We are still learning things about one another, and I hope we do for the rest of our lives together.  I recently learned that while I can be more hormonal, he is the more romantic of the two of us.  He has learned to argue more intellectually with me, otherwise he loses that debate.  I will never fully understand his job, and that is okay.  He has learned that instead of a big fancy vow renewal or expensive things, I would rather take our money and continue to travel the world (our kids have been beyond lucky to see so much).   He knows that I need coffee like most people need oxygen, and I have learned that my cooking tastes better than his because it is “made with love.”  We try to blend what we grew up with and what we want to change from our own childhoods, and we do not always meet in the middle.  We are often parenting and building a marriage from different time zones, but this forces us to communicate more than most.  We take inspiration from his grandparents and my great-grandparents, long married couples who also seemed to love one another and make it work.  One of my favorite memories to tell the kids is of the day I witnessed an argument between Andy’s grandparents.  We were only dating a few months, but he used to take me to see them often.  His grandparents were arguing about the color of pen that his grandma used to write an address down.  I’m not kidding – the color of the ink in the pen.  They argued about it, Grandpa refused to admit he was wrong, and they moved on.  A week later, when we returned, they still argued about it (Grandma was right in the end).  I remember laughing and thinking, This is what I want.  And I have it.  If my biggest argument with Andy is about how he does not put his clean laundry away or that a certain street sign said this, I think we are doing pretty well.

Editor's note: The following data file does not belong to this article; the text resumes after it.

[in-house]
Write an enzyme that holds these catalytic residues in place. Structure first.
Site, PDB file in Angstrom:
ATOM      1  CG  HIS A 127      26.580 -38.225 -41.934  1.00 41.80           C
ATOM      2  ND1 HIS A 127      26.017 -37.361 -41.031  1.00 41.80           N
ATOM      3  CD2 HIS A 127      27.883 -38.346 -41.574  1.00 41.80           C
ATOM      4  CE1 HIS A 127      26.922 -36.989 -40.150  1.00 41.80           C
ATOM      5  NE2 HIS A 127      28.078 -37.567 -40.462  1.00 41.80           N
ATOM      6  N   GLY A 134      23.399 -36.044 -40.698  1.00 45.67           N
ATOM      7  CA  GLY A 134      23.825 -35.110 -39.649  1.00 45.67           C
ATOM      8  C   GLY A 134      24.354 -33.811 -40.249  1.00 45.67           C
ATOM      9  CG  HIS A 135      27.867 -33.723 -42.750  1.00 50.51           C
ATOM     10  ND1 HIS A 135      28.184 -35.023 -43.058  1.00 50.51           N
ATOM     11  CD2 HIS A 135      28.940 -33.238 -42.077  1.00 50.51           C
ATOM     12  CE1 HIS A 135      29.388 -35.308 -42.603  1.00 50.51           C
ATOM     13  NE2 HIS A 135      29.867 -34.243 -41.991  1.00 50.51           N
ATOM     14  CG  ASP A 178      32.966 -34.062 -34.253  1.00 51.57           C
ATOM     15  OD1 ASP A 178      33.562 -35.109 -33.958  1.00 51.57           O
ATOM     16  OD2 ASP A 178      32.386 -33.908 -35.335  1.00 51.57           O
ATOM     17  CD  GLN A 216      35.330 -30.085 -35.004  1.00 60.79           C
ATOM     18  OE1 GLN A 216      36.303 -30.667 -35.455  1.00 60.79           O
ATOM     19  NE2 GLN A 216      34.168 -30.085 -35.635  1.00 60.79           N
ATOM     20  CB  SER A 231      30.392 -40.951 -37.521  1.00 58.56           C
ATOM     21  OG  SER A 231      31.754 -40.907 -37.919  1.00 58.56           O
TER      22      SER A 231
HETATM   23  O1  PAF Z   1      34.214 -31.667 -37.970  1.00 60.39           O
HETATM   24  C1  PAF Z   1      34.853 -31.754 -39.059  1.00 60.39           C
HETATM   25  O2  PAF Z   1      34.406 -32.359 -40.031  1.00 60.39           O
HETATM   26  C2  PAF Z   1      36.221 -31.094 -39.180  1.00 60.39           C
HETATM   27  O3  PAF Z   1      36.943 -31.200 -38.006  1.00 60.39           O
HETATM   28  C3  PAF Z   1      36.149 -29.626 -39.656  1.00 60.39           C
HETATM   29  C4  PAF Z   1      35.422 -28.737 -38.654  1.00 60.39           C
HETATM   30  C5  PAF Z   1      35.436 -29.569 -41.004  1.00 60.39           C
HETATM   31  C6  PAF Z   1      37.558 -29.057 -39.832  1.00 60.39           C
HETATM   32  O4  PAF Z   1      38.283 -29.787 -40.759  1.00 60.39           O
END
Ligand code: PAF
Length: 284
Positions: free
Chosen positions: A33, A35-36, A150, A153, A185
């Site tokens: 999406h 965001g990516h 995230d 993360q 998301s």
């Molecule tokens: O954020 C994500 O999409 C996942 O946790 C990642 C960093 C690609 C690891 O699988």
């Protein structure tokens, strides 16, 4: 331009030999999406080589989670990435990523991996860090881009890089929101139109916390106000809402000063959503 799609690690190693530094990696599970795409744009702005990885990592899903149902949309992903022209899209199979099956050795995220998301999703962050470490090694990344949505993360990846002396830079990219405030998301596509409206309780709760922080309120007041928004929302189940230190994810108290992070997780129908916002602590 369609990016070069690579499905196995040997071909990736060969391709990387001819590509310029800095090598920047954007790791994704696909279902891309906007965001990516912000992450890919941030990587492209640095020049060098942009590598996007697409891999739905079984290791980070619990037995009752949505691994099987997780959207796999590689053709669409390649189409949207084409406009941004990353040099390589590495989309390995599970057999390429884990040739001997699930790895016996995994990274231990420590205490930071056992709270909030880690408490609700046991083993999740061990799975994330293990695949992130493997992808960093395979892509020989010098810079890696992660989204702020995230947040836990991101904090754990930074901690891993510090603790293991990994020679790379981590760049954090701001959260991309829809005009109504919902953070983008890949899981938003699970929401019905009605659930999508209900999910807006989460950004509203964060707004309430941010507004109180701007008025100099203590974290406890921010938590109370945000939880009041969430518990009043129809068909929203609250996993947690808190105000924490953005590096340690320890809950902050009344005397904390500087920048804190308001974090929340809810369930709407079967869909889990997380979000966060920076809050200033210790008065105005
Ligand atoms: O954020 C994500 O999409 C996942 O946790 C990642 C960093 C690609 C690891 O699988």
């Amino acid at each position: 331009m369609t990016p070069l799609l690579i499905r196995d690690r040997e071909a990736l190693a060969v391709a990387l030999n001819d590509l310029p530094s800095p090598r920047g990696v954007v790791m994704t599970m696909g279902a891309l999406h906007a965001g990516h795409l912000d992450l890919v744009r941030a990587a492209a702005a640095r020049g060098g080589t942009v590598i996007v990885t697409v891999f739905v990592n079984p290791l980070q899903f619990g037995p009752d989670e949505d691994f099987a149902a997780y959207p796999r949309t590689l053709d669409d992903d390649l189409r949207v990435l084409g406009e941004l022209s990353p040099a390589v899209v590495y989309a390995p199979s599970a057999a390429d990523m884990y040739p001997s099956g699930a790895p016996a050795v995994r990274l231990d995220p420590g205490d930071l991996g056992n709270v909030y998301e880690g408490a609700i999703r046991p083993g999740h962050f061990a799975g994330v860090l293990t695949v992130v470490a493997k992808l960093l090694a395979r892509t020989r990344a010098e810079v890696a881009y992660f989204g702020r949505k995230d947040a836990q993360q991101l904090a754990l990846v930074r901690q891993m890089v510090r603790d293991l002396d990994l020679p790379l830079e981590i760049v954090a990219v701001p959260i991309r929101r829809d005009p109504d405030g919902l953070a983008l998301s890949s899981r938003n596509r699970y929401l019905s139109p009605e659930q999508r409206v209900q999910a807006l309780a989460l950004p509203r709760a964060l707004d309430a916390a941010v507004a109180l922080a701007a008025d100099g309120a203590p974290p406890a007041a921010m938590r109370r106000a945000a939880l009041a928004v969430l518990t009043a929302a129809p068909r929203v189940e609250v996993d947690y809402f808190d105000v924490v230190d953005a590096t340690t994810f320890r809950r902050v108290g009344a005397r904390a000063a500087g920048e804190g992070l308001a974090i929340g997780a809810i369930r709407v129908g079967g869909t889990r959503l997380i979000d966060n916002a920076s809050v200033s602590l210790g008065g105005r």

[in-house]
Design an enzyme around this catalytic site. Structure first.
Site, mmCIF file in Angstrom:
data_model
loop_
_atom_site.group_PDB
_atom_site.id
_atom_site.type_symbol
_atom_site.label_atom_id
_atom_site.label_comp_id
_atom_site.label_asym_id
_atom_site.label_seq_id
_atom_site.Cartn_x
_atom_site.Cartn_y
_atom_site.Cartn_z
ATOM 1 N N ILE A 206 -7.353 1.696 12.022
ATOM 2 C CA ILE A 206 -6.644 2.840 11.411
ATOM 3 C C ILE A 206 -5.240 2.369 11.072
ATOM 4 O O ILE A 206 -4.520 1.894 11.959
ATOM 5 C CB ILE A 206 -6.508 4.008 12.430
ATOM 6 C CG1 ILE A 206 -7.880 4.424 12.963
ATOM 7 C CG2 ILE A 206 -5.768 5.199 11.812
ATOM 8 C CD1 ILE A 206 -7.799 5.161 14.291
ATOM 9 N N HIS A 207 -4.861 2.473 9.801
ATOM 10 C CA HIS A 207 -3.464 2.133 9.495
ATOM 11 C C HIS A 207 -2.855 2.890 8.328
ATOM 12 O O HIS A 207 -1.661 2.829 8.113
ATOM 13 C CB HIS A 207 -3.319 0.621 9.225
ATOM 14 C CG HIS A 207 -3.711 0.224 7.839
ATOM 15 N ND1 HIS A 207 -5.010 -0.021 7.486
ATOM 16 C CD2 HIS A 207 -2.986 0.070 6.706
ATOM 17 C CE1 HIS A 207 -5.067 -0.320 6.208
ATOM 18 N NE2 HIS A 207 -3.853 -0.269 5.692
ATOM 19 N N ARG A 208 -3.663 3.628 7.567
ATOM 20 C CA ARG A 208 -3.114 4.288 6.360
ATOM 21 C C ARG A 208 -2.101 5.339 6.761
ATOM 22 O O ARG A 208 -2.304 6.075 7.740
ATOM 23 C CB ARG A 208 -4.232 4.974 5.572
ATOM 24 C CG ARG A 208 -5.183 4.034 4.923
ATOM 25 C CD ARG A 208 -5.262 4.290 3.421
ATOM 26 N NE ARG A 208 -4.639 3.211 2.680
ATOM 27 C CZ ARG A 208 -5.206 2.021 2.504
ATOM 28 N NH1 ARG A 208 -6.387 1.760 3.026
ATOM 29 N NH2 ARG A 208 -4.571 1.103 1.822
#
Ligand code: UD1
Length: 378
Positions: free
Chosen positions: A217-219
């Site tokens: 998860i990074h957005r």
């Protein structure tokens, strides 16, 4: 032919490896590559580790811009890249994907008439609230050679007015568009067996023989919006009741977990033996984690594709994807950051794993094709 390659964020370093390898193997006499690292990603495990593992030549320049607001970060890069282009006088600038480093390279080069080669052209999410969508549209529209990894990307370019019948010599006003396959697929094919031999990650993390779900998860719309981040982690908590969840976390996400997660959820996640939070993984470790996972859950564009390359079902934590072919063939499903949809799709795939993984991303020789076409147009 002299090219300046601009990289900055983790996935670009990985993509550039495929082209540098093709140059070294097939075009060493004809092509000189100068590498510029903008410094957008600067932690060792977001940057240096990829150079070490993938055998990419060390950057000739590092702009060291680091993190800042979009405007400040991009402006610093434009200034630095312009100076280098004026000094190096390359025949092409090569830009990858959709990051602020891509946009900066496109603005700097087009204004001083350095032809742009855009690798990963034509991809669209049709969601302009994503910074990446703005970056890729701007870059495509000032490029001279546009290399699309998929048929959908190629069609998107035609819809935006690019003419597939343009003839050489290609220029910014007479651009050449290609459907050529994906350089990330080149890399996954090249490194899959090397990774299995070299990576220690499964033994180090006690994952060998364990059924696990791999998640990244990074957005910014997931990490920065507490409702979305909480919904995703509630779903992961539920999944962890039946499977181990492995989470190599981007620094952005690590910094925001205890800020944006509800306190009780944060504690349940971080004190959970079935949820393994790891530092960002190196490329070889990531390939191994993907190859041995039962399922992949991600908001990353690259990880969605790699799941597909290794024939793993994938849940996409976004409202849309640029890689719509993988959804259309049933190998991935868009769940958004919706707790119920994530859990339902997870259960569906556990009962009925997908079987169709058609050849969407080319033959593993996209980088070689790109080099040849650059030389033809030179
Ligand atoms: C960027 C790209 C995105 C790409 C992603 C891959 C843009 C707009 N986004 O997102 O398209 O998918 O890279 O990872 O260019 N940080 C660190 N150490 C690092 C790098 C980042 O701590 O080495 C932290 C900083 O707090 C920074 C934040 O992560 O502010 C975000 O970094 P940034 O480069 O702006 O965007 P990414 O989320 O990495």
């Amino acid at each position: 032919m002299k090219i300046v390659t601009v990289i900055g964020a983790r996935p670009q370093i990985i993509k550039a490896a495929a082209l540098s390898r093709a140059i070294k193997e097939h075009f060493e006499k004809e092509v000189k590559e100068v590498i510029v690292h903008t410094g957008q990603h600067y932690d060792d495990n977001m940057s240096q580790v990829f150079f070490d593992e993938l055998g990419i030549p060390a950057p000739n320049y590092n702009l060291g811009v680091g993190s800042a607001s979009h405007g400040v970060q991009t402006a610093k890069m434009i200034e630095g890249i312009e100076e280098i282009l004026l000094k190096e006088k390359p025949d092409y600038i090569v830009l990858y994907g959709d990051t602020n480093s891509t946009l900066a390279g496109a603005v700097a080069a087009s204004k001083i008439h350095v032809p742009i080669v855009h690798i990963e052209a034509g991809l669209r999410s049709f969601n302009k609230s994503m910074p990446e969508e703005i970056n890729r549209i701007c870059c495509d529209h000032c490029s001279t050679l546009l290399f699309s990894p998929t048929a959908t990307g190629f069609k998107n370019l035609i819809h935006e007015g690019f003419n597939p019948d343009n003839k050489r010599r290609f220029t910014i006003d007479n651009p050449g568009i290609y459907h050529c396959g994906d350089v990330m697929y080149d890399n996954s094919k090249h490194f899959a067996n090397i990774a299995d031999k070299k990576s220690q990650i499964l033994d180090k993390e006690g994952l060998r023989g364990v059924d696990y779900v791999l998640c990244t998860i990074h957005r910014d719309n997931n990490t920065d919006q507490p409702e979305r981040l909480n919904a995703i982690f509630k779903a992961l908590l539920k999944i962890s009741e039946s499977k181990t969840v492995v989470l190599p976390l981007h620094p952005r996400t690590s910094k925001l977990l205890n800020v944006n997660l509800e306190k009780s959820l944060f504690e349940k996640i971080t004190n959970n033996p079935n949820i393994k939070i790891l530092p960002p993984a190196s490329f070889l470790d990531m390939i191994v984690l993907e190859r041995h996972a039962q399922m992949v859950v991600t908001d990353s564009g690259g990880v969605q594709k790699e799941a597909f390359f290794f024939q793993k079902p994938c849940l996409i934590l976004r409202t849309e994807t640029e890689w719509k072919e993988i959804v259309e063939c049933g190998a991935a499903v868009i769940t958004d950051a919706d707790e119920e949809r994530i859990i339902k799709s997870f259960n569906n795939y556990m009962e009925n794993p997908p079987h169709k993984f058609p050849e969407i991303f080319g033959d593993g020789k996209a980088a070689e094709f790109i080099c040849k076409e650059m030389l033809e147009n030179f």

Vilseck Fisherfest 2014

Andy wrote me a love letter for our anniversary, and I think this is my letter to him.  On July 3, 2003, I married Andrew James Carpenter in a simple ceremony on one hot summer day.  In all these years, I have never regretted this choice and have only grown to value our marriage and commitment even more.  I feel beyond fortunate to not only have found a person that I want to spend the rest of my life with but that I found this person so early in my life.  This is extremely rare, and I do not take my luck lightly.  Happy anniversary my love – just one of many in our long life together.  And it will be a long life as I strive to keep us the healthiest we can be.  🙂